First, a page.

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In Minnesota, loving thy neighbor means banning gay conversion therapy on kids

Some young people are being forced by desperate parents to undergo a widely discredited therapy.

Some young people are being forced by desperate parents to undergo a widely discredited therapy. Getty

As a Christian and the spiritual leader of a large Minneapolis congregation, I believe we are called by Holy Scripture and the example of Jesus to “love our neighbors as ourselves” and to stand with the most vulnerable among us. That includes LGBTQ youth coming of age and discovering who they are in communities and households often hostile to them.

Some of these young people are being forced by desperate parents to undergo a widely discredited practice known as “conversion” or “reparative” therapy. Though these practices have been shown to be ineffective and to cause harm to clients young and old, they continue to be legal in Minnesota.

Conversion therapy has been linked to higher rates of depression, anxiety, self-harming behaviors, and suicide. Symptoms suffered by survivors are often indistinguishable from those of PTSD.

The Mental Health Protection Act is now before the Minnesota Legislature. It would define conversion therapy as both “professional misconduct” and “consumer fraud.” I believe, along with the elected leaders of the congregation I serve, that this legislation is an important tool by which vulnerable LGBTQ youth and the adults who love them can be protected from a dangerous and ineffective practice.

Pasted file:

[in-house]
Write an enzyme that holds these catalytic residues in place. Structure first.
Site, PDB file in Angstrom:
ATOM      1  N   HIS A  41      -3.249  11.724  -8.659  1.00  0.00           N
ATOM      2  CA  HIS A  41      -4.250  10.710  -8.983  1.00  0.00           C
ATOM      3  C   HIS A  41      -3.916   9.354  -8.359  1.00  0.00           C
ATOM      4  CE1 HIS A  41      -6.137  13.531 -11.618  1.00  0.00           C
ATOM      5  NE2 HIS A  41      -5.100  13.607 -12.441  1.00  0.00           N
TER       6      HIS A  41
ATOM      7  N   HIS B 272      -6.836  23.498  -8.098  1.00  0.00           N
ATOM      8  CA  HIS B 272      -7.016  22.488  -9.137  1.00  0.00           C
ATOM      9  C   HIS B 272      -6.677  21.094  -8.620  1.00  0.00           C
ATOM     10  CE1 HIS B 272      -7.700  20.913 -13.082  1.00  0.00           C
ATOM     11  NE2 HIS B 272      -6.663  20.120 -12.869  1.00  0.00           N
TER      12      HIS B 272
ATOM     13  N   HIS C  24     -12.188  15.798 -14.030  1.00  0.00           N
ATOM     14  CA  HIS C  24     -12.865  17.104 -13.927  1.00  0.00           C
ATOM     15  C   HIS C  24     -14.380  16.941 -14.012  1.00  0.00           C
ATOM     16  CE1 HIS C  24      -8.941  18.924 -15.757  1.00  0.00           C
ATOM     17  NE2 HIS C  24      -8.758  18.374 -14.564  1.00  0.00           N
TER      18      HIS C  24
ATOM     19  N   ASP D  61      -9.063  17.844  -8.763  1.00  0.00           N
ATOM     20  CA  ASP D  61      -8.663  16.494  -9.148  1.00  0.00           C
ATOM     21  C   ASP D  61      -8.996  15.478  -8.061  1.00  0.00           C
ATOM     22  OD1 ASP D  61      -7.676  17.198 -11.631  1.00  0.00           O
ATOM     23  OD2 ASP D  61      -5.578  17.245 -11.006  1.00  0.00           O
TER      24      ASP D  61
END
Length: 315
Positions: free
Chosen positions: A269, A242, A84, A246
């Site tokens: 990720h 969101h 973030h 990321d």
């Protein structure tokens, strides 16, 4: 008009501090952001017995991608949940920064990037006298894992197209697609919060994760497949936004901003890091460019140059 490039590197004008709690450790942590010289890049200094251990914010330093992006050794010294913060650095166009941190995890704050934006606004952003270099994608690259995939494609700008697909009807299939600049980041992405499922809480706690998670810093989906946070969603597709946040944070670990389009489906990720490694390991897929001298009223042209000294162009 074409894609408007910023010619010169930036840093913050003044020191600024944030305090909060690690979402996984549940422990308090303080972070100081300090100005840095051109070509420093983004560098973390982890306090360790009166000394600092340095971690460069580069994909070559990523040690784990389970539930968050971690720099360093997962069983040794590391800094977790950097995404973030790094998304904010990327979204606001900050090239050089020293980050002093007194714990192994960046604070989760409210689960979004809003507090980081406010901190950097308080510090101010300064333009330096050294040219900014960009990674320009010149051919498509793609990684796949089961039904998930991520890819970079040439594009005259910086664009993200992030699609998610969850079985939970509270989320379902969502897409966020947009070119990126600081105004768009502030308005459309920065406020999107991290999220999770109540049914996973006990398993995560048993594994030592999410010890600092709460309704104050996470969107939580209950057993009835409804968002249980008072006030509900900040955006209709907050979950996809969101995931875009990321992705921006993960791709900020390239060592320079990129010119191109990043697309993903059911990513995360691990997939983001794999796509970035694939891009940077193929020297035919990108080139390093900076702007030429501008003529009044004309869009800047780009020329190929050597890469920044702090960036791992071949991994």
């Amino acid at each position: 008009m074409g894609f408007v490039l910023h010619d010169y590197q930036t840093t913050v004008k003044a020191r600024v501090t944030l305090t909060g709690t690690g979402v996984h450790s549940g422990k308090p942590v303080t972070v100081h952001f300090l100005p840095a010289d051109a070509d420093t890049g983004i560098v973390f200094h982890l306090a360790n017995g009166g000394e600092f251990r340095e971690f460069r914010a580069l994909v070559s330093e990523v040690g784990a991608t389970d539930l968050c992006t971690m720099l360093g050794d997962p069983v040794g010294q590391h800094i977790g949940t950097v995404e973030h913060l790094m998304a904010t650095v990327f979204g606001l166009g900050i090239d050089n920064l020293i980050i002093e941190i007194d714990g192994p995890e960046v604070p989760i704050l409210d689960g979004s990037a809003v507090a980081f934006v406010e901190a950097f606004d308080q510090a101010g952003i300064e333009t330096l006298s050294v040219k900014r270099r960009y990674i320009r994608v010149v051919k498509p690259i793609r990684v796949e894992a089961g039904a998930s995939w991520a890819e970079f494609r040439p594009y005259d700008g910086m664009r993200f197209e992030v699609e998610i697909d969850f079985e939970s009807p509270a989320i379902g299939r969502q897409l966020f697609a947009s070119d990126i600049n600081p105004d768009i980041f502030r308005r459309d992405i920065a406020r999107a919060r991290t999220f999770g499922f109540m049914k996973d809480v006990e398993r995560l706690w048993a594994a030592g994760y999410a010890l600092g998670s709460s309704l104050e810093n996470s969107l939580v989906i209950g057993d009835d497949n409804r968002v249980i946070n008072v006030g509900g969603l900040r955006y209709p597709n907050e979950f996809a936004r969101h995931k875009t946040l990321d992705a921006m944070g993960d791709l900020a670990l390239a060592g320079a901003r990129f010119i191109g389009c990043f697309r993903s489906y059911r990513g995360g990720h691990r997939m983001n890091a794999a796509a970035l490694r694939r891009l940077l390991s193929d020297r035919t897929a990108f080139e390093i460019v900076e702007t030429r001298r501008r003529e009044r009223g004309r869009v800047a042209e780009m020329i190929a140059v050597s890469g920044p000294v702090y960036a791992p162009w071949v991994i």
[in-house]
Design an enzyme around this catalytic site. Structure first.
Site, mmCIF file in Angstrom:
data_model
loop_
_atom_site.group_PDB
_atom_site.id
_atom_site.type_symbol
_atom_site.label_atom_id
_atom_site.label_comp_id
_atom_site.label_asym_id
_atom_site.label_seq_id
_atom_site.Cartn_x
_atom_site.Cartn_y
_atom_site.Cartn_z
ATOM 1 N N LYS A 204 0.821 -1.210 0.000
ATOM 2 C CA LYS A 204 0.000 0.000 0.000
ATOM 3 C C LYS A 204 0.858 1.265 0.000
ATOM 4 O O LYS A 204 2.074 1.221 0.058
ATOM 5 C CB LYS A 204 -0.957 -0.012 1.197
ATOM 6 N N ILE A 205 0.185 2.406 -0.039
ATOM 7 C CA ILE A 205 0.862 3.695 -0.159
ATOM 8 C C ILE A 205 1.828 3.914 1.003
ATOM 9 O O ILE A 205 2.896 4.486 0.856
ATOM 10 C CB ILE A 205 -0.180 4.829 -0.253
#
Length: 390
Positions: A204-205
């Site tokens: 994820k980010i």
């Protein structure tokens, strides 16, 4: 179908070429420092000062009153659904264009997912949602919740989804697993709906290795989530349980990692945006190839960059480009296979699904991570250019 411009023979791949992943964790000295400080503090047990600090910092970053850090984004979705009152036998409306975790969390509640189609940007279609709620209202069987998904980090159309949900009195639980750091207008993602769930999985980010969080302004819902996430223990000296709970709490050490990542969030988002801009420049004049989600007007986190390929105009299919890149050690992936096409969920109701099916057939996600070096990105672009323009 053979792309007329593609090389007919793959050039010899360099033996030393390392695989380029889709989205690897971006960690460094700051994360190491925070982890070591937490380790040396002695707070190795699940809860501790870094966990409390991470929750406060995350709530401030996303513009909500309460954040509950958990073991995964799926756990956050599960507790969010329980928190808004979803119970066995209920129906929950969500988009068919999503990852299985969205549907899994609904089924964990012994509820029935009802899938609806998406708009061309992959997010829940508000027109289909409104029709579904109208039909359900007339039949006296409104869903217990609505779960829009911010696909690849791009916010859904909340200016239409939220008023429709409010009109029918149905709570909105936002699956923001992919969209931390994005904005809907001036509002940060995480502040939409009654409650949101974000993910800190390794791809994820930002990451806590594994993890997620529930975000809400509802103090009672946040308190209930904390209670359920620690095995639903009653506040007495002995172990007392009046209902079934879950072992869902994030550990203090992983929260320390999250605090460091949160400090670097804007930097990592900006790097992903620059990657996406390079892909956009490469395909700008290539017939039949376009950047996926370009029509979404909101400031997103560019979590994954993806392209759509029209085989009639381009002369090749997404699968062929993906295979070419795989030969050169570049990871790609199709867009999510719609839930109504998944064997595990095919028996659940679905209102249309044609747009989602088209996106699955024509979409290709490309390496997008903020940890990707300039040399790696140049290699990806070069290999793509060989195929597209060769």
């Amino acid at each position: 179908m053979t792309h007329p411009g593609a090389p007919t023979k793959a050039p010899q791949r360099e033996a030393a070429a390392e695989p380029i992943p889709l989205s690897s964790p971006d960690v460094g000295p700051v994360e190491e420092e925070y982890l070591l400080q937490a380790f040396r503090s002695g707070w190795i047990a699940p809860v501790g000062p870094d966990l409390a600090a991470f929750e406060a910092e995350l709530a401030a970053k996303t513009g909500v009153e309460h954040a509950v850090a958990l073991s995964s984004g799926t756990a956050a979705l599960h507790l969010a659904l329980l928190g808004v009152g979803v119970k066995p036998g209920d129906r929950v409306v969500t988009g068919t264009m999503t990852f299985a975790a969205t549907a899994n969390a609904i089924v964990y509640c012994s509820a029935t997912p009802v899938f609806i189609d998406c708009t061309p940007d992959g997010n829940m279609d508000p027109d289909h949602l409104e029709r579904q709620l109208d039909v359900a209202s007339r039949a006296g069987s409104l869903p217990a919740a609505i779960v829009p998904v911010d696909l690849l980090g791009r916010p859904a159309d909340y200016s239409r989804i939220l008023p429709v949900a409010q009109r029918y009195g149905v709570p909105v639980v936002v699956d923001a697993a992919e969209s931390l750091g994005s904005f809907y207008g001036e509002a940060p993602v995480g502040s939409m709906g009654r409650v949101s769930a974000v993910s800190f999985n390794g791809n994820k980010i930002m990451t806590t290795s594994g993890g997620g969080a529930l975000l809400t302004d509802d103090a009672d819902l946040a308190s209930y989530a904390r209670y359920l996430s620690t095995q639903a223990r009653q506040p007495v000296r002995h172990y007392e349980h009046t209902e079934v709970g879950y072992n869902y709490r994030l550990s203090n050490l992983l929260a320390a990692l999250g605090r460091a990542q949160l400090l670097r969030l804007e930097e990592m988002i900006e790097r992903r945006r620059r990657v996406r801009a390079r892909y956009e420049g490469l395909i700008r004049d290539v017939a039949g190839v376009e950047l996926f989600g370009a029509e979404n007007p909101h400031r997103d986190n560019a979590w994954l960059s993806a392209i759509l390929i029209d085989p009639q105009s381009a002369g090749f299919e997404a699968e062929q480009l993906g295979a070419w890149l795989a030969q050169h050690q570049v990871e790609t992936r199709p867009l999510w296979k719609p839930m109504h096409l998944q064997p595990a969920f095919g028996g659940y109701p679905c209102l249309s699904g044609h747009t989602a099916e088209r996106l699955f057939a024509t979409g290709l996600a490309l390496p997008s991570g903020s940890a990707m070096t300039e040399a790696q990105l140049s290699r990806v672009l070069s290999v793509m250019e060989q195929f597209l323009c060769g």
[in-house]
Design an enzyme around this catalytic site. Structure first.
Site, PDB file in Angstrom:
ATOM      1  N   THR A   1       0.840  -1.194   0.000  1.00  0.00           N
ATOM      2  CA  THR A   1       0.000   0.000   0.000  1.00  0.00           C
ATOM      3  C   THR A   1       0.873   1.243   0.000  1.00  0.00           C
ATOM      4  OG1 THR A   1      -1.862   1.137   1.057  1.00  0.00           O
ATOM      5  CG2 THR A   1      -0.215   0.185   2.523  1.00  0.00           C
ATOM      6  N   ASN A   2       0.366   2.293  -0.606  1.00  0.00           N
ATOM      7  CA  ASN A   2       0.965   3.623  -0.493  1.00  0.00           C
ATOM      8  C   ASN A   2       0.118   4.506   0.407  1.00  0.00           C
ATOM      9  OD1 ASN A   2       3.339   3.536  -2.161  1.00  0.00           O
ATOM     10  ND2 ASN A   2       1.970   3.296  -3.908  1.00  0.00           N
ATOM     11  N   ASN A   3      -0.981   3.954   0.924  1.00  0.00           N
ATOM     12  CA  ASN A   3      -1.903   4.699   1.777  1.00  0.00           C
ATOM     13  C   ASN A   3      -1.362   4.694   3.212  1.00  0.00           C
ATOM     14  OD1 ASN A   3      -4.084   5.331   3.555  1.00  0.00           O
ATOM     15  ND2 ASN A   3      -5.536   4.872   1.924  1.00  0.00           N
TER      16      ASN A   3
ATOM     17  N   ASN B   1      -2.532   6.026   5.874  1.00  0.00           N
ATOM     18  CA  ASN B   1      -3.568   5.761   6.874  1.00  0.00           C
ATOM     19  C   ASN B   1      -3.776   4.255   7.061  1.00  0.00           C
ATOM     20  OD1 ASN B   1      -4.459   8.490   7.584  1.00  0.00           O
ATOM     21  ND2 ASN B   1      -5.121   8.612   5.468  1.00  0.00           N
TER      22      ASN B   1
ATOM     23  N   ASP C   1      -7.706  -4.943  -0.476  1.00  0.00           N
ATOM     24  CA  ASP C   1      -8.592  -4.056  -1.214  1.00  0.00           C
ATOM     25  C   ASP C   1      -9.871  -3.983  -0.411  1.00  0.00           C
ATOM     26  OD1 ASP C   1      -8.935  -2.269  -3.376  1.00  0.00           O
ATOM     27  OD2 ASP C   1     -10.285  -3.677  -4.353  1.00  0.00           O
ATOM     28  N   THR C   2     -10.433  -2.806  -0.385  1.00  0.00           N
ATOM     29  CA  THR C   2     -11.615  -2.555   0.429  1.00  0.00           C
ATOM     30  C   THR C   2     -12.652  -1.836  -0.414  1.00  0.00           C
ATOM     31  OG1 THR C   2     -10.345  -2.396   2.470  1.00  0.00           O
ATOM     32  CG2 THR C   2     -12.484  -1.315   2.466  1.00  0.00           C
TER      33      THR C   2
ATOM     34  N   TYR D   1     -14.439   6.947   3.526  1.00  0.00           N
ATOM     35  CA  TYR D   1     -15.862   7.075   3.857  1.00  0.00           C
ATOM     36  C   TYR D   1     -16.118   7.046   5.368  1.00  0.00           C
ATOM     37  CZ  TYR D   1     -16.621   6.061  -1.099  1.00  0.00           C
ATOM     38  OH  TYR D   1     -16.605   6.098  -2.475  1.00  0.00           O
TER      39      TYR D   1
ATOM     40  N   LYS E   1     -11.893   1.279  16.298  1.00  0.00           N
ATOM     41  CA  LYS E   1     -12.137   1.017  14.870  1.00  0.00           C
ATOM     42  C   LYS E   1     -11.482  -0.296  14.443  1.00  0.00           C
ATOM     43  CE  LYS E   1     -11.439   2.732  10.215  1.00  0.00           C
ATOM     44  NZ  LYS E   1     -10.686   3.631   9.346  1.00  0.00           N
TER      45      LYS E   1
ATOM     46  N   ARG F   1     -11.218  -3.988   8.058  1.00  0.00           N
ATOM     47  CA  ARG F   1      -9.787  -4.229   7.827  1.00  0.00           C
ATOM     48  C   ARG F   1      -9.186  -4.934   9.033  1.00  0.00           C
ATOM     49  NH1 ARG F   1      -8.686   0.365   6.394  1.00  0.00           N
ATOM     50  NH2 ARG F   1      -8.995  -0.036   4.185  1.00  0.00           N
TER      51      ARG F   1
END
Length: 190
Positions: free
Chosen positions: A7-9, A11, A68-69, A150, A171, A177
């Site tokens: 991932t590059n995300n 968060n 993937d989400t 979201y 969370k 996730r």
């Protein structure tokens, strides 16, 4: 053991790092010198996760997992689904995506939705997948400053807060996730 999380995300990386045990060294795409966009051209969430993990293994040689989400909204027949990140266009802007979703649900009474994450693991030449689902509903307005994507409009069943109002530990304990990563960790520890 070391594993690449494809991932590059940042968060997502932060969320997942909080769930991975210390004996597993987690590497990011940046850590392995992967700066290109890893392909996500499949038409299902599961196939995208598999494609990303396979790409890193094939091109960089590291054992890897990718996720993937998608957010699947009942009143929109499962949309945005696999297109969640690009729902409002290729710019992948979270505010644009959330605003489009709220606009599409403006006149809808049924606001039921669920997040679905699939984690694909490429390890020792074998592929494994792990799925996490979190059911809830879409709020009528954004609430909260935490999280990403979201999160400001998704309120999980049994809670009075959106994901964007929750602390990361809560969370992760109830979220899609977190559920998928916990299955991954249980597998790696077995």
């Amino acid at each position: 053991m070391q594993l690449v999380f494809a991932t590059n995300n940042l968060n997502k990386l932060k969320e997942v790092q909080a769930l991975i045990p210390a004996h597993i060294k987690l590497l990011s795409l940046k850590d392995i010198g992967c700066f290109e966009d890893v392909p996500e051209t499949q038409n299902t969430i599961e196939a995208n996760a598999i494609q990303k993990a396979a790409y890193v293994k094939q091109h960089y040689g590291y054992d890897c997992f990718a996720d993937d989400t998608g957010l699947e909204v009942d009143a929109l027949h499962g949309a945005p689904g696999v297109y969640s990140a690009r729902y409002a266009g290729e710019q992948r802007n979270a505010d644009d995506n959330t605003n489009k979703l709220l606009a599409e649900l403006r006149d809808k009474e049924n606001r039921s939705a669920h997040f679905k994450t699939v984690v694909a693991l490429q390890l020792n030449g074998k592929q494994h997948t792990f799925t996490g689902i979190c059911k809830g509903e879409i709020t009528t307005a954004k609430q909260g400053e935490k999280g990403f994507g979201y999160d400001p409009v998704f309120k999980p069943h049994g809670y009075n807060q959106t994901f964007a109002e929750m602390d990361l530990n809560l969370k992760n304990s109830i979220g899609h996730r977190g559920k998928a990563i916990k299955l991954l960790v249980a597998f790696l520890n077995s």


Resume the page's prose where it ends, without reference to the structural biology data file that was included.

Some Christians promote conversion therapy. That's why we feel compelled, as people of faith ourselves, to speak up against this misguided practice and in support of legislation that addresses it.

Kids do not have legal standing to reject “treatments” their parents choose for them. They risk losing the love and shelter of their families if they refuse conversion therapy. Parents, fearing for the future happiness of their children and wanting to protect them from exclusion and disdain, are susceptible to false claims of a “cure” for something that is neither an illness nor a defect. The state must stand between the vulnerable and those who offer harmful options.

Opponents of this legislation claim it restricts religious expression. I disagree. While religious freedom is among the most cherished of our constitutional rights, no freedom is absolute.

My freedom of speech, for instance, is limited by statutes concerning speech that endangers others, or speech that is libelous, slanderous, or seditious. Freedom of religious expression is similarly limited. For instance, the right of parents to withhold life-saving treatment from their children for religious reasons is routinely limited by most states.

This legislation does not restrict religious groups from teaching the truth as they understand it. It merely seeks to stop a dangerous and ineffective practice condemned by professional medical and psychological associations around the world.

When I was a boy, I was taught that my right to make a fist and swing my arm ended at the end of someone else’s nose. “Conversion therapy” is a fist that has struck more than 700,000 young Americans square in the face.

Speaking as a Minnesota faith leader, as a Christian, and as a father, I implore you to restrain that fist by encouraging your state representatives and senators to support the passage of the Mental Health Protection Act (HF 12/SF83).

Rev. Dr. Timothy Hart-Andersen is a senior pastor at Westminster Presbyterian Church in Minneapolis